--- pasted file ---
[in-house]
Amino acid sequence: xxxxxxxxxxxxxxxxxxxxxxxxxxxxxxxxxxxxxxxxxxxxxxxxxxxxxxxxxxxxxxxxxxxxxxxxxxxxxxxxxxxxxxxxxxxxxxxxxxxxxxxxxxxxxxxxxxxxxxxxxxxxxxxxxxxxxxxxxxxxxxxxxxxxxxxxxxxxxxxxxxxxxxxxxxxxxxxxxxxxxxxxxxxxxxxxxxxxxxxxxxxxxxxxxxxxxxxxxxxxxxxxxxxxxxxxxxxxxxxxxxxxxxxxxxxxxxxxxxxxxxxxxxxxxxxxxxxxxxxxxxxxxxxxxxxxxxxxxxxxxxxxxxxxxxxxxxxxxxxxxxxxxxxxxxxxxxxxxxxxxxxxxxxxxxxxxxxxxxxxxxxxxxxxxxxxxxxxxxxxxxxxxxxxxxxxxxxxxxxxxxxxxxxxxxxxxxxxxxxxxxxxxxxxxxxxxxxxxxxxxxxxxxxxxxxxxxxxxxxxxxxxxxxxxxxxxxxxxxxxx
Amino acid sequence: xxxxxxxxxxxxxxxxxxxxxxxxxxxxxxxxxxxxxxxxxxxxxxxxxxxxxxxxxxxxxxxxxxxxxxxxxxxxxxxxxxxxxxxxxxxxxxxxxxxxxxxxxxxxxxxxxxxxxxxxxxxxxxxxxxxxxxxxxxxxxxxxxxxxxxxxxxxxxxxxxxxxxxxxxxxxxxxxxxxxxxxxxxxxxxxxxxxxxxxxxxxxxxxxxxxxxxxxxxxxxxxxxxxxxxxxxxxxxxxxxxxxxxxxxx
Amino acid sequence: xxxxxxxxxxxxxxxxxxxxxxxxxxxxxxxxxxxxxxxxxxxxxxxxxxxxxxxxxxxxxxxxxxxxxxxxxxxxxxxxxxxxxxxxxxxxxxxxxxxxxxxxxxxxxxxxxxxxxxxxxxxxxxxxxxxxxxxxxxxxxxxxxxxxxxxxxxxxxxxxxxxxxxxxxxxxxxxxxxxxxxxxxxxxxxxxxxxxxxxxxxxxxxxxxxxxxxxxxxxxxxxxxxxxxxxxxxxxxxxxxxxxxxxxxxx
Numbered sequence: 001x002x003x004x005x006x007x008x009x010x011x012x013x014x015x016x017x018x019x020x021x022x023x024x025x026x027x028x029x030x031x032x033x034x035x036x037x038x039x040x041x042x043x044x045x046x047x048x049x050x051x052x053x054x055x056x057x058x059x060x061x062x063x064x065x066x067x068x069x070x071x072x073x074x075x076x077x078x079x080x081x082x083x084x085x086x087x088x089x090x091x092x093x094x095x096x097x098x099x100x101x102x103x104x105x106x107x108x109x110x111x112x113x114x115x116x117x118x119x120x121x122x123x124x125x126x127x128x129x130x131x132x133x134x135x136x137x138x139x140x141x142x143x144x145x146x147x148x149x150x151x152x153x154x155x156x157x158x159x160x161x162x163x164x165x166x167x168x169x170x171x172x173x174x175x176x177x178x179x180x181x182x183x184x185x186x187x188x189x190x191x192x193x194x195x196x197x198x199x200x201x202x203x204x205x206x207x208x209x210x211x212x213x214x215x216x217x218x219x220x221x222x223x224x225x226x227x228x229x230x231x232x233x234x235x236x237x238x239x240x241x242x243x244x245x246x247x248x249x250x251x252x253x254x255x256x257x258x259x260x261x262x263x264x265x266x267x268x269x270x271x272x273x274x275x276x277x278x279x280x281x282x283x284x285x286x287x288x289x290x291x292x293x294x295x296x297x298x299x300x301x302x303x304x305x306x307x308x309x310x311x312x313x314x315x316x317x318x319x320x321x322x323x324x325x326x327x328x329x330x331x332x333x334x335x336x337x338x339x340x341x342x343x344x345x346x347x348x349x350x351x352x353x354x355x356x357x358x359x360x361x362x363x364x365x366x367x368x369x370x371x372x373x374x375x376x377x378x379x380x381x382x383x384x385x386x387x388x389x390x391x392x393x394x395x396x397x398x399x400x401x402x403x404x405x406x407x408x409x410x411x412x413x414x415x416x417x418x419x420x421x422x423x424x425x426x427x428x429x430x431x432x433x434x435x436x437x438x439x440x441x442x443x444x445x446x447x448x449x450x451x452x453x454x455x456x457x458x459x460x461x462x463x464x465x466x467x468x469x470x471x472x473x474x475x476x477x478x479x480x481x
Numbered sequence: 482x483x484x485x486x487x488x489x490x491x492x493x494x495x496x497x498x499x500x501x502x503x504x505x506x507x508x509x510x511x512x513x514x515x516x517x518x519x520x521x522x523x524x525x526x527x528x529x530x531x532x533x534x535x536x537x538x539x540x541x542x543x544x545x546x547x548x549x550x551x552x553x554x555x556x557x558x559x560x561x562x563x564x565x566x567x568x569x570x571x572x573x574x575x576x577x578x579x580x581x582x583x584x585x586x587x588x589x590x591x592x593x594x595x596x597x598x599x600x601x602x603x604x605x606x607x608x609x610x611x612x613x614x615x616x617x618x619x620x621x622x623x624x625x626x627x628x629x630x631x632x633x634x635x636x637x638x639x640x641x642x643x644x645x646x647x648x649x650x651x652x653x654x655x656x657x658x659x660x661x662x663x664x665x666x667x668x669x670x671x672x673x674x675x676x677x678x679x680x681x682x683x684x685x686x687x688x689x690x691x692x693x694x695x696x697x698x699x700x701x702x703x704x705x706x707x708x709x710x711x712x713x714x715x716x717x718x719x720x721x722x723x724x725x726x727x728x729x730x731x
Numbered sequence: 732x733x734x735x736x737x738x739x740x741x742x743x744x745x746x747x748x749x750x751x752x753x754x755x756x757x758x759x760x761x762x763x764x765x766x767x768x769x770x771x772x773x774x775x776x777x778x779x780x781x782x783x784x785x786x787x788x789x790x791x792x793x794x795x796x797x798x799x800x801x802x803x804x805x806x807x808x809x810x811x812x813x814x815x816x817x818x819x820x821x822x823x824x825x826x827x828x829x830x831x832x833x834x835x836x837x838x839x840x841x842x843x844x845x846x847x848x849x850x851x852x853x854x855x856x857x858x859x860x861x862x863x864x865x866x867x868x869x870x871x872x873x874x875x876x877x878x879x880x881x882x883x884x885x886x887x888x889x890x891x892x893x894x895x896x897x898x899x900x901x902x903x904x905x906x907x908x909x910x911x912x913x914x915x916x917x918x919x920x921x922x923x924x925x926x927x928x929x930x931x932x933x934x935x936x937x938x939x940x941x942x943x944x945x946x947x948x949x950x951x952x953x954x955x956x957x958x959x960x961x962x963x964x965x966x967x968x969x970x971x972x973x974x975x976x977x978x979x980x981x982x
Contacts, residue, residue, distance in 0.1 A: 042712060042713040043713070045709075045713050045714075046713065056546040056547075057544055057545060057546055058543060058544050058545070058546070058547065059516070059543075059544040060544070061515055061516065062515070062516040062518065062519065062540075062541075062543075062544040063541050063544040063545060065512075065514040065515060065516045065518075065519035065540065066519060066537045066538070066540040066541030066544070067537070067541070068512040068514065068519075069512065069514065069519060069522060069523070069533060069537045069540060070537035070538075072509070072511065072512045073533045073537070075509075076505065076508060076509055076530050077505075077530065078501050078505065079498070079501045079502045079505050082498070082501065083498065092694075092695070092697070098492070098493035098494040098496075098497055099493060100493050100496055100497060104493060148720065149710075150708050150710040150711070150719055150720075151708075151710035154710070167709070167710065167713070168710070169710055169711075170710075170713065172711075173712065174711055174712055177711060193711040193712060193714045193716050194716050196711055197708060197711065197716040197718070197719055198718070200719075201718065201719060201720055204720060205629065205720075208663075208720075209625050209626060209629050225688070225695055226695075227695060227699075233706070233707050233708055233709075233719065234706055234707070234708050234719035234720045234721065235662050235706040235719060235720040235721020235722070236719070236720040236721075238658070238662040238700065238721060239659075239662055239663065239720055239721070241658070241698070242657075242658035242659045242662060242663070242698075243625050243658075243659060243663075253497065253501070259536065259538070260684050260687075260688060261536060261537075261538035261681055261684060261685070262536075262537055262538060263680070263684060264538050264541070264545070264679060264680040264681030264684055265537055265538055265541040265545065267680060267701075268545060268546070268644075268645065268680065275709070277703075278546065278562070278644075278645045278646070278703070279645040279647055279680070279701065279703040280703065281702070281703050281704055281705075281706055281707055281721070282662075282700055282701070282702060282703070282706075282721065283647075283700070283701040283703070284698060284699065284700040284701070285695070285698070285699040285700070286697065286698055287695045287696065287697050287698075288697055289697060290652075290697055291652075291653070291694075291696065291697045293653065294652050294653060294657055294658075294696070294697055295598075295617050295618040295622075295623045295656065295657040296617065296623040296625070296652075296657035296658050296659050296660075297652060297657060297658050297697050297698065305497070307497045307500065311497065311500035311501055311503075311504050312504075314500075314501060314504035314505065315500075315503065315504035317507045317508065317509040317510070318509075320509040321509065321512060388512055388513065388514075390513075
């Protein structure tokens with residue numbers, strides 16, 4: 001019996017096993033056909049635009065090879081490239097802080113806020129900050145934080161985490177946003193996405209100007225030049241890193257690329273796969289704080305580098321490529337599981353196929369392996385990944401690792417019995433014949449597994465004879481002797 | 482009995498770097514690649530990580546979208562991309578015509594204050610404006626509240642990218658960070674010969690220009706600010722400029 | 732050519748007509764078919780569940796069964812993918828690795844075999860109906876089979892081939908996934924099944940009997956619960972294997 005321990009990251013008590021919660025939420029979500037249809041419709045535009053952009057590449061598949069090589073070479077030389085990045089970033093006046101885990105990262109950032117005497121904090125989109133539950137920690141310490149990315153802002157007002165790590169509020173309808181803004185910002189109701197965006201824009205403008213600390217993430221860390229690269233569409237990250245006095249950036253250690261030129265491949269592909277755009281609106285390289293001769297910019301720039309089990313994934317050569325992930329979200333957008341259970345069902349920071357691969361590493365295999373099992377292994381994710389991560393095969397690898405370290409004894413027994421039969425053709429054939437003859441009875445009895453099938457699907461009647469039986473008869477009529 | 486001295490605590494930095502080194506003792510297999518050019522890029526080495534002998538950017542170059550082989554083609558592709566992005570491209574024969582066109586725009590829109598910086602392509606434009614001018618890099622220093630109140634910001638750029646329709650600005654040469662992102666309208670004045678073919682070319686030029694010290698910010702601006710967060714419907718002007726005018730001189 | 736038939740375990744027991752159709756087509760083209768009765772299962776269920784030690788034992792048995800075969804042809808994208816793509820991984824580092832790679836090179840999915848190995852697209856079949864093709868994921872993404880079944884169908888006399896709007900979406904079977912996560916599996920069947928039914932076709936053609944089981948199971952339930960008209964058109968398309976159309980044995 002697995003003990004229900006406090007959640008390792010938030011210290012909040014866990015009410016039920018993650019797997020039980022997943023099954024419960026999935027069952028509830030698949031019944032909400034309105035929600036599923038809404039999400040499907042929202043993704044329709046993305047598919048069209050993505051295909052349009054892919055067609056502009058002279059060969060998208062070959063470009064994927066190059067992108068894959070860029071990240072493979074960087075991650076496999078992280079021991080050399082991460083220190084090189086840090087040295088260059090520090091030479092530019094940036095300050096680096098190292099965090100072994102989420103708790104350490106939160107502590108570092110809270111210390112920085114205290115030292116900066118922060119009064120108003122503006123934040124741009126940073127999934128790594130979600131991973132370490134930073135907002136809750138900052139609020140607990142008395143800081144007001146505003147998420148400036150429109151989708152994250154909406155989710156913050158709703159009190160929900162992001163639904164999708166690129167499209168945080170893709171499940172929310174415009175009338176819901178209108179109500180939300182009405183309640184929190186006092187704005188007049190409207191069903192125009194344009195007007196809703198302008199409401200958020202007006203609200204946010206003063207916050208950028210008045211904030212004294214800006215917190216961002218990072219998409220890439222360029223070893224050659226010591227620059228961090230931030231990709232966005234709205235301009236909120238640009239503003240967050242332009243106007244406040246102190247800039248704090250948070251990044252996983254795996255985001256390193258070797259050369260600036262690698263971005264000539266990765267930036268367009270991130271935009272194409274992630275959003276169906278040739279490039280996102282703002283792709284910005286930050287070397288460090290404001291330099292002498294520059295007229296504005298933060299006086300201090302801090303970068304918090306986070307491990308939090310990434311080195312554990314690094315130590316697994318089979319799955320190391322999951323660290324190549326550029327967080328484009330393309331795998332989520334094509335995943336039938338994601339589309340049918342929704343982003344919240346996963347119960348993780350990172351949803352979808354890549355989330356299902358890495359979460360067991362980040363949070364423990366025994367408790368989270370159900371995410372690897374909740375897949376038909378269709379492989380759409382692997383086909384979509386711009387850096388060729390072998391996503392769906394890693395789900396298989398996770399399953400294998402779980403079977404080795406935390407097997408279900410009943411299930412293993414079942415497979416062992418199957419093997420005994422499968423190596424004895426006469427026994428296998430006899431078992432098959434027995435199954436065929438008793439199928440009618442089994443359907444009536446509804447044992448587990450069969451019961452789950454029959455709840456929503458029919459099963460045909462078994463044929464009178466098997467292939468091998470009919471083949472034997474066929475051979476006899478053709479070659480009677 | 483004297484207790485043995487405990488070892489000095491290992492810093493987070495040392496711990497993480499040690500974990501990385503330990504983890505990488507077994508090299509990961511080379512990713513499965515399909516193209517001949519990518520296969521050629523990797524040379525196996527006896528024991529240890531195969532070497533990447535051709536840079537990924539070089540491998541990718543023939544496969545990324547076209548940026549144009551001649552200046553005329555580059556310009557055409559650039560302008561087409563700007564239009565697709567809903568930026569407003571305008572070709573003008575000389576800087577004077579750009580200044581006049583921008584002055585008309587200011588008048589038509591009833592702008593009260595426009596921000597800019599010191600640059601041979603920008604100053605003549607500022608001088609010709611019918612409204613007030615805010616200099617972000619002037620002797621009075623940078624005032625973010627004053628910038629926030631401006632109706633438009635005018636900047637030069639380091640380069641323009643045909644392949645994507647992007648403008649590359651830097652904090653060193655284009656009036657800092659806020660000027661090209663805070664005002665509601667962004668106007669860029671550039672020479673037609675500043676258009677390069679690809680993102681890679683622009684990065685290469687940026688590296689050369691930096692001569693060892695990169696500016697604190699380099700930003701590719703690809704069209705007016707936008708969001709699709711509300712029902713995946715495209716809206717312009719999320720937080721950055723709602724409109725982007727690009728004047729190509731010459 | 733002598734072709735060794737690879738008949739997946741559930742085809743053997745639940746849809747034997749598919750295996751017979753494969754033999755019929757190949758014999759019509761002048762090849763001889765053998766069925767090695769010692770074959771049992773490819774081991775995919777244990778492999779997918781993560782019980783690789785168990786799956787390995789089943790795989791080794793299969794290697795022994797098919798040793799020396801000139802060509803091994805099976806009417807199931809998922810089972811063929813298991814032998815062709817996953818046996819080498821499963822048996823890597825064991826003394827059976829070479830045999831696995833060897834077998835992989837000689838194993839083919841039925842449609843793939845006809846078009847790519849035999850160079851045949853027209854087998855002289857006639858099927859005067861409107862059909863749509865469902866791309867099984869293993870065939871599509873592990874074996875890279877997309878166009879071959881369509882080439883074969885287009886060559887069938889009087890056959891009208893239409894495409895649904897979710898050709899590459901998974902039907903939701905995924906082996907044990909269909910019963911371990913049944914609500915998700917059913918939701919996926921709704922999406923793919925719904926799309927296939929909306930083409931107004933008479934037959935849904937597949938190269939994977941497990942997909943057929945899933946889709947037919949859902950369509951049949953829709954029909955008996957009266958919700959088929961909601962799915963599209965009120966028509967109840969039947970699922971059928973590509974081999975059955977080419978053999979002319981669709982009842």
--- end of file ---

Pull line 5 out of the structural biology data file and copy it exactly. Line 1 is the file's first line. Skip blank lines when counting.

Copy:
Numbered sequence: 001x002x003x004x005x006x007x008x009x010x011x012x013x014x015x016x017x018x019x020x021x022x023x024x025x026x027x028x029x030x031x032x033x034x035x036x037x038x039x040x041x042x043x044x045x046x047x048x049x050x051x052x053x054x055x056x057x058x059x060x061x062x063x064x065x066x067x068x069x070x071x072x073x074x075x076x077x078x079x080x081x082x083x084x085x086x087x088x089x090x091x092x093x094x095x096x097x098x099x100x101x102x103x104x105x106x107x108x109x110x111x112x113x114x115x116x117x118x119x120x121x122x123x124x125x126x127x128x129x130x131x132x133x134x135x136x137x138x139x140x141x142x143x144x145x146x147x148x149x150x151x152x153x154x155x156x157x158x159x160x161x162x163x164x165x166x167x168x169x170x171x172x173x174x175x176x177x178x179x180x181x182x183x184x185x186x187x188x189x190x191x192x193x194x195x196x197x198x199x200x201x202x203x204x205x206x207x208x209x210x211x212x213x214x215x216x217x218x219x220x221x222x223x224x225x226x227x228x229x230x231x232x233x234x235x236x237x238x239x240x241x242x243x244x245x246x247x248x249x250x251x252x253x254x255x256x257x258x259x260x261x262x263x264x265x266x267x268x269x270x271x272x273x274x275x276x277x278x279x280x281x282x283x284x285x286x287x288x289x290x291x292x293x294x295x296x297x298x299x300x301x302x303x304x305x306x307x308x309x310x311x312x313x314x315x316x317x318x319x320x321x322x323x324x325x326x327x328x329x330x331x332x333x334x335x336x337x338x339x340x341x342x343x344x345x346x347x348x349x350x351x352x353x354x355x356x357x358x359x360x361x362x363x364x365x366x367x368x369x370x371x372x373x374x375x376x377x378x379x380x381x382x383x384x385x386x387x388x389x390x391x392x393x394x395x396x397x398x399x400x401x402x403x404x405x406x407x408x409x410x411x412x413x414x415x416x417x418x419x420x421x422x423x424x425x426x427x428x429x430x431x432x433x434x435x436x437x438x439x440x441x442x443x444x445x446x447x448x449x450x451x452x453x454x455x456x457x458x459x460x461x462x463x464x465x466x467x468x469x470x471x472x473x474x475x476x477x478x479x480x481x